But, as an entrepreneur, I look forward to the conference for the many great ideas I know I will receive there each year.  This is the only place I know where, in one day, I can gain insights from national thought leaders like Tara Hunt and Michelle Robson (EmpowHer) , connect with fellow CEOs from TiE and EO to learn what’s working for them, and get the latest updates in technology and business trends from CEOs and thought leaders who are on the front lines.

I’m also excited this year that we have friends coming from far and near to share ideas.  Patti Dragland (@StrategicSense) is coming in from Calgary, Tara Hunt (@MissRogue), author of The Whuffie Factor,  from Montreal, Howard Lindzon (founder of StockTwits), Kevin Surace, of Serious Materials, is flying in from Sunnyvale, and my favorite entrepreneurial blogger, Marty Willing (@StartUpPro), will be there not to mention fellow conference team members and great friends like  Francine Hardaway (@Hardaway), Steven Groves (@StevenGroves), Ed Nusbaum (@EdAZ), Merlin Ward (@MerlinWard) and many more!

November 12th is an important day for gathering new ideas, making connections, and to just get that extra dose of inspiration that will come in real handy in 2010.  I know where I will be on November 12th.  How about you?

Thanks for stopping by.  Stay Tuned…

Joan Koerber-Walker

Drawing a Crowd in the Cabbage Patch

I was scanning some articles online this morning when I cam across a fun one at How Stuff Works titled 23 Must-Have Toys from the 1950s and Beyond.  So I decided to check it out.  Of the 23 ‘must haves’, only Strawberry Shortcake never made it into either my or my children’s toy collection.  But it was the Cabbage Patch Kids that brought back the memory of how one innovative toy really drew a crowd.

imageXavier Roberts was a teenager when he launched his Babyland General Hospital during the 1970s in Cleveland, Georgia, allowing children to adopt a “baby.” In 1983, the Coleco toy company started mass-producing these dolls as Cabbage Patch Kids. Each “kid” came with a unique name and a set of adoption papers, and stores couldn’t keep them on the shelves, selling more than three million of the dolls in the first year.

 It was just before the Christmas holidays in 1983, and my fiance Chris worked at Coleco, home of the Cabbage Patch.  EVERYONE was trying to get their hands on the little darlings – even employees.  The company had to even hold a lottery for employees to be able to purchase them.  So after months of lotteries, we had a small collection of six Cabbage Patch Kids ready for adoption. 

I really did not give it too much thought when I lined up the ‘Kids’ on the back seat of my car and left my home in South Windsor, Connecticut on a Saturday afternoon to drive down to see our families in Danbury, Connecticut.  But I got a real lesson on what it is like for an innovation to draw a crowd when I stopped at a McDonald’s along the way to get a Diet Coke.  The young girl at the drive thru window saw into my back seat, and exclaimed!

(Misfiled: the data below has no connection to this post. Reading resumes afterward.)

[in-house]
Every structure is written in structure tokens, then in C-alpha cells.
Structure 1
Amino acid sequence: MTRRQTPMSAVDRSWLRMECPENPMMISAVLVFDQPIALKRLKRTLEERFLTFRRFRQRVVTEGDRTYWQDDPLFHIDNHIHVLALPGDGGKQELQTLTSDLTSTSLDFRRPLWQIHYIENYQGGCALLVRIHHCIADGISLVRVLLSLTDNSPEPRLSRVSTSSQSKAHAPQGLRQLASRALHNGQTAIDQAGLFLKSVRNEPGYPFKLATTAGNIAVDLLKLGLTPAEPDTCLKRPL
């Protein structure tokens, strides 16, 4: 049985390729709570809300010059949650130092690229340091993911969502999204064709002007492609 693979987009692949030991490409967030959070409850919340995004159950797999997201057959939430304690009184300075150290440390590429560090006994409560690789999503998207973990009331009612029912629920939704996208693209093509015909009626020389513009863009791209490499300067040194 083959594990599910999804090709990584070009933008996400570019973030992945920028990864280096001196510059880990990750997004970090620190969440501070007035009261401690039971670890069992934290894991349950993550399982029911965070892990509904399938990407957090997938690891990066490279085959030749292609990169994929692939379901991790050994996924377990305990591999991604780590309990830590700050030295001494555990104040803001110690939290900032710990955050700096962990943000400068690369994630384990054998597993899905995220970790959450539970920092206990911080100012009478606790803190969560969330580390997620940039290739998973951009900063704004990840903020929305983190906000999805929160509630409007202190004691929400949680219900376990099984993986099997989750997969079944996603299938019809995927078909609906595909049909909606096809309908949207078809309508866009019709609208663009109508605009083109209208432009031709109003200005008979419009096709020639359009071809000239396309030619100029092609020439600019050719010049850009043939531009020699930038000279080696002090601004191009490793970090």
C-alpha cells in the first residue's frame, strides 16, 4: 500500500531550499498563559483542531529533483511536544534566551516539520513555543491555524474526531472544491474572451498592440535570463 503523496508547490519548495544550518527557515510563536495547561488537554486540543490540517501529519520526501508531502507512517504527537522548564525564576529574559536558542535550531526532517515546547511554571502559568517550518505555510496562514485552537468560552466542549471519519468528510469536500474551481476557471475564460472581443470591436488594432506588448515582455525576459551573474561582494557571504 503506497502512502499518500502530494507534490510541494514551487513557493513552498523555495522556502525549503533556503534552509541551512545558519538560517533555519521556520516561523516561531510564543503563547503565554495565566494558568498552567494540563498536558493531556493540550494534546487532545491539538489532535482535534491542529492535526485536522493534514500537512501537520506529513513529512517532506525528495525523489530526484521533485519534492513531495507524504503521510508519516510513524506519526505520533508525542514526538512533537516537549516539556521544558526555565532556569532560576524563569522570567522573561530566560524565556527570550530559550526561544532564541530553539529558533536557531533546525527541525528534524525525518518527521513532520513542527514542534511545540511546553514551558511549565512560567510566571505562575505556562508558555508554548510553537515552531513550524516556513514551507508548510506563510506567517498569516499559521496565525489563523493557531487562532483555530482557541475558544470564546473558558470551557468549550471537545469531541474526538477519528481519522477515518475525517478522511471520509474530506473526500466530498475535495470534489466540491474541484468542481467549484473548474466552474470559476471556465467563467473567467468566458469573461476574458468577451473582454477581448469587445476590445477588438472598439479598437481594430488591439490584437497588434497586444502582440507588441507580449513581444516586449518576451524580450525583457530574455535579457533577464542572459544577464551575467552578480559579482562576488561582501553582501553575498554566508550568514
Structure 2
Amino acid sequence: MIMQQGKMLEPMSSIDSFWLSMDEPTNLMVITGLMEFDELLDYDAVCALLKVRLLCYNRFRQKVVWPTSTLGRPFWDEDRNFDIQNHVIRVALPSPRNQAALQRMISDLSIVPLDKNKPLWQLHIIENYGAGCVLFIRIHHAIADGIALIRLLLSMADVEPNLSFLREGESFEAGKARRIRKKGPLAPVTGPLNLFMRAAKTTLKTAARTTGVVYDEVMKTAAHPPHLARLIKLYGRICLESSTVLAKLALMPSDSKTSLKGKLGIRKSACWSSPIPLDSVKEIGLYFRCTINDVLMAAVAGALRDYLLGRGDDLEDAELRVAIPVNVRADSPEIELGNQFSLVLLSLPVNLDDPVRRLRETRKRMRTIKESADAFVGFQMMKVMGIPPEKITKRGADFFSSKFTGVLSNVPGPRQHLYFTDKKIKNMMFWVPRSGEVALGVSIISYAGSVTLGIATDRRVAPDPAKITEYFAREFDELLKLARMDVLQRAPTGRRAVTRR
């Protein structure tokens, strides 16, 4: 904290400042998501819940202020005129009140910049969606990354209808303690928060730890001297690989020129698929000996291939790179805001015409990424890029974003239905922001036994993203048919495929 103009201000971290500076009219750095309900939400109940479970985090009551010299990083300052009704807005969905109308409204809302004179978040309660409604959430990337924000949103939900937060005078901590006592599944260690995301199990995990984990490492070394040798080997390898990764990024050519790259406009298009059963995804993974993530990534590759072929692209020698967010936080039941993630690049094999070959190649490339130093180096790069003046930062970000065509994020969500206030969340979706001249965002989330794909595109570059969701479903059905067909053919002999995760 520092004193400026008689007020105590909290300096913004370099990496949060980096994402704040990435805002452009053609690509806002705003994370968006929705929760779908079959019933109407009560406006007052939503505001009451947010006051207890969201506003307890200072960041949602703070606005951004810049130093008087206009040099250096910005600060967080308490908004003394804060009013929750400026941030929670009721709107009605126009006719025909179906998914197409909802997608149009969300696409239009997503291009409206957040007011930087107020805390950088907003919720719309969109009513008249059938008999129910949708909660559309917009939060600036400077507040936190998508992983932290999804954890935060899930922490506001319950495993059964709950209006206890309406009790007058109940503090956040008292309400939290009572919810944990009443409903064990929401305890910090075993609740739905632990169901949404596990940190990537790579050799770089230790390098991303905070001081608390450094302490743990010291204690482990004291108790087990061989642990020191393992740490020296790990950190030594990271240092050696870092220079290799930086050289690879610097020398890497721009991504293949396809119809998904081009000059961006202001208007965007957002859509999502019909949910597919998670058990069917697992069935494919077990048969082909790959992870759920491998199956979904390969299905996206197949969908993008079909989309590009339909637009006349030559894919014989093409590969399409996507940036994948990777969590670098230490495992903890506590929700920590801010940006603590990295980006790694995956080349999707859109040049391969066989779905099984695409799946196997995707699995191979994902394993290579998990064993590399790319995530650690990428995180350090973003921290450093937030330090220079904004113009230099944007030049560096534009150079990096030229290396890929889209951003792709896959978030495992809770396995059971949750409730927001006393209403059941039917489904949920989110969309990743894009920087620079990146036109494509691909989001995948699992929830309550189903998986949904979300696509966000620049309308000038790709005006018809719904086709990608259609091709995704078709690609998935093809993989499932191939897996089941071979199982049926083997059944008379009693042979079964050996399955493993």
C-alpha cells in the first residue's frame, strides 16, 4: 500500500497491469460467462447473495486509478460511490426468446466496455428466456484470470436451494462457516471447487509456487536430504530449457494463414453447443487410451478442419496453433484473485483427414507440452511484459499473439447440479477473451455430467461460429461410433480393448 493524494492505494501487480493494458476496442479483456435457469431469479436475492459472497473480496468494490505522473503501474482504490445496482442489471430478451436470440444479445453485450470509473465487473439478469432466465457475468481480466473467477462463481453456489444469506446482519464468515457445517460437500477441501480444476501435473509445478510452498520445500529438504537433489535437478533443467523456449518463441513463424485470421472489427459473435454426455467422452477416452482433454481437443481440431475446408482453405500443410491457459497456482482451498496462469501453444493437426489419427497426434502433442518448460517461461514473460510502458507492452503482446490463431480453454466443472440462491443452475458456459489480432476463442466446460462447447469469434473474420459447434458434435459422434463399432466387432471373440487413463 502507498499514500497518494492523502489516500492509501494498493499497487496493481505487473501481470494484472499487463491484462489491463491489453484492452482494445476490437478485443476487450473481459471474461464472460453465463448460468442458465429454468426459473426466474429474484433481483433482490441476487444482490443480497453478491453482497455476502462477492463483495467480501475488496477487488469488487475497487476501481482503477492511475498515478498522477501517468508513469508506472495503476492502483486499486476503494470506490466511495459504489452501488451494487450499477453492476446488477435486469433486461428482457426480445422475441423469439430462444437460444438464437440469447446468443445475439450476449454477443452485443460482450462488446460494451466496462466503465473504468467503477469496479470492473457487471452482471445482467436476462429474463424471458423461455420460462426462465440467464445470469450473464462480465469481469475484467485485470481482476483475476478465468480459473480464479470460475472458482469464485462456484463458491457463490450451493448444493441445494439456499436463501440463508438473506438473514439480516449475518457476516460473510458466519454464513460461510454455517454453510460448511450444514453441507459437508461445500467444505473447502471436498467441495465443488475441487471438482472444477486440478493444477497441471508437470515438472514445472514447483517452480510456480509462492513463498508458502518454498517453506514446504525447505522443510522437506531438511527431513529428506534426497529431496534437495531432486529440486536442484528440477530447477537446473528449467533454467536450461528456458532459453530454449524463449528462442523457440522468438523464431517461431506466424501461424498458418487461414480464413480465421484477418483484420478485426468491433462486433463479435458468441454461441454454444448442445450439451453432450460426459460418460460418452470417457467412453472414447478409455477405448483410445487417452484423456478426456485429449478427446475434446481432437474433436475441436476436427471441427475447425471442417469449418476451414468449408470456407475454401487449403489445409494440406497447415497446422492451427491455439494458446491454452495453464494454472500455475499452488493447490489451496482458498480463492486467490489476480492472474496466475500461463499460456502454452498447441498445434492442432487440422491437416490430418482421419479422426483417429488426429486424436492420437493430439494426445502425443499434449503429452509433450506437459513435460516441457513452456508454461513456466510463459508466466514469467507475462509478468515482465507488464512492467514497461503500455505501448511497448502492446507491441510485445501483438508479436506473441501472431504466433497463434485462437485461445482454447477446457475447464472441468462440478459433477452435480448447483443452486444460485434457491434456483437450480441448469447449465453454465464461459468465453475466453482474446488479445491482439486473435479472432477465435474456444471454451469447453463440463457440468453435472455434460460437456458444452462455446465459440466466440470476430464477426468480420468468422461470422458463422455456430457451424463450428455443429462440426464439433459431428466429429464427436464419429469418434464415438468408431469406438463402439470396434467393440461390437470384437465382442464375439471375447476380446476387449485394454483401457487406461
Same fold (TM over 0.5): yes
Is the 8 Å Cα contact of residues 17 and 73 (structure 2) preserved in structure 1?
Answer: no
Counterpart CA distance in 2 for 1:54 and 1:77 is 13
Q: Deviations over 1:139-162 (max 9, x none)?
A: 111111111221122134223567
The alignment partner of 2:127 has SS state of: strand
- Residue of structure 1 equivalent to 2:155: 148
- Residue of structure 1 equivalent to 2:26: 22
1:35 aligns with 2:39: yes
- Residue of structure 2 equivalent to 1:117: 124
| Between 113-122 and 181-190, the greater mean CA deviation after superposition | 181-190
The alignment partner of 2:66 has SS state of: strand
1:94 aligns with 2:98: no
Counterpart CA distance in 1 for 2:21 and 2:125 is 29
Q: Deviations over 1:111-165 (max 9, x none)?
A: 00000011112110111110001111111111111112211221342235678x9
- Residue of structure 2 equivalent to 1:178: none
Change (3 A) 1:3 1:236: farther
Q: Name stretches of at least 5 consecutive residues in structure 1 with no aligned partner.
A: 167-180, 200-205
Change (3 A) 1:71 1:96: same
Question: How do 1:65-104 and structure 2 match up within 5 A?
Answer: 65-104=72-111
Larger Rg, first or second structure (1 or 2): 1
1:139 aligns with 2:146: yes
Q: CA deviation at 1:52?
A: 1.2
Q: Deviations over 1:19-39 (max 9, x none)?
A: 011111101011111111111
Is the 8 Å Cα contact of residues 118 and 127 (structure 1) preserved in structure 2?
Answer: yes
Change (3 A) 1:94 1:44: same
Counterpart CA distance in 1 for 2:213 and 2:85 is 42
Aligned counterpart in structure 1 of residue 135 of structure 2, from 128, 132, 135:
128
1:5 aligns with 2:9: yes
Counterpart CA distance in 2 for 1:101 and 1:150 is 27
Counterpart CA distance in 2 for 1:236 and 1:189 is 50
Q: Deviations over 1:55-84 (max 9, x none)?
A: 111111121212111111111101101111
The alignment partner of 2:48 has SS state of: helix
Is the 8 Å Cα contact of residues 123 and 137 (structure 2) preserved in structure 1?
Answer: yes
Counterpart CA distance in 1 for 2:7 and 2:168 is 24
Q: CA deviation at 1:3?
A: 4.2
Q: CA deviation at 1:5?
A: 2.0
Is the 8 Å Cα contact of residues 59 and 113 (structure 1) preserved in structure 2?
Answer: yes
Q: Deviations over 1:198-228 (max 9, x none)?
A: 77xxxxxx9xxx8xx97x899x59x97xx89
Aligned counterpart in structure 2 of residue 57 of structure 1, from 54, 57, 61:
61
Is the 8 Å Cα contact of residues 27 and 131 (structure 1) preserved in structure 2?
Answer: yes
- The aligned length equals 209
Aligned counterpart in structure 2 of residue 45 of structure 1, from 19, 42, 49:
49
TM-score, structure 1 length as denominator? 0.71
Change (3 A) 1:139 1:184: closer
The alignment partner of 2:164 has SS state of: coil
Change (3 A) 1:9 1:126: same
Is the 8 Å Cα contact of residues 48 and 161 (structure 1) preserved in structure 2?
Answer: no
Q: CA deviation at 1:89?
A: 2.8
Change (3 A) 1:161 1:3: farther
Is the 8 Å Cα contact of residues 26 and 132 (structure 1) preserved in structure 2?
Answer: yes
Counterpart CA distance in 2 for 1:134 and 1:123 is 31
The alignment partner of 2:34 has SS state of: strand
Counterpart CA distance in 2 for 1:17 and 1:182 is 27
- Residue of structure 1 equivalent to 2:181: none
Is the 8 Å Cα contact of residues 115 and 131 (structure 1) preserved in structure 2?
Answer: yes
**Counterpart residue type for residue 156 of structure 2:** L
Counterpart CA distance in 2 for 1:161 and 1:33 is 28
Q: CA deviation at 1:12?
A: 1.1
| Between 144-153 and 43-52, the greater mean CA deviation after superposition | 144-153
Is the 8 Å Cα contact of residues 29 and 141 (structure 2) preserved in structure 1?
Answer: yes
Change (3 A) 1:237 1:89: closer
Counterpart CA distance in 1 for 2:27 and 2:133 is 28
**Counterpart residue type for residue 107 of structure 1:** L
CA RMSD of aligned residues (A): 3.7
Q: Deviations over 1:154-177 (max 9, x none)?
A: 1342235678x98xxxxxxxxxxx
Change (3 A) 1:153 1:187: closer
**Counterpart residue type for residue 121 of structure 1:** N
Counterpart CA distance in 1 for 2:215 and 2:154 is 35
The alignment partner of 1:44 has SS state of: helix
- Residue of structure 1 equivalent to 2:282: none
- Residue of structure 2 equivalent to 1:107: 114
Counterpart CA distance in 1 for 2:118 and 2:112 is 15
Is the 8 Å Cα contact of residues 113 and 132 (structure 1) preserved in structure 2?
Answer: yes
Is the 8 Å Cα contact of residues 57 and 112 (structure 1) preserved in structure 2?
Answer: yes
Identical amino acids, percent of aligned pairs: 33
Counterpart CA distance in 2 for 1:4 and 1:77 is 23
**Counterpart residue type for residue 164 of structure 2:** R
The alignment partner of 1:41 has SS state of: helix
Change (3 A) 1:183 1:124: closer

WOW!  Where did you get all those Cabbage Patch Dolls!

That’s all it took.  Before I had even been given my cup, my car was surrounded by Moms, wallets and checkbooks in hand, asking me what it would take to sell them “Just One.”  I explained that they were gifts and that they were not for sale, but finally the manager had to come out and move the eager Mommies away – before I could put my car in gear and make my escape from the drive thru.  I learned a lesson that day…

When an innovation capture’s the public’s imagination – it draws a crowd.

Over twenty-five years have passed and I have seen many innovative new products come and go.  Some are just a passing fad, but others have real staying power.  As an investor, I look for those companies with inventions or solutions that can make life better in one way or another.  Products or services that capture the imagination and can, with the right resources, literally draw a crowd in their chosen marketplace. 

Some of these companies have been in technology – like when Bernie Vonderschmidt, the first Chairman and CEO  of Xilinx, shared his vision of the next generation in silicon technology,the FGPGA, or when Dr. Michelle Hanna of RiboMed helped me to imagine a day when we could detect and treat diseases like cancer BEFORE it was too late and our loved ones were suffering.  Others have not.  But none of the innovations I have invested in have been toys.  Perhaps because I never got over the experience of being ‘mobbed by Mommies’ at McDonalds.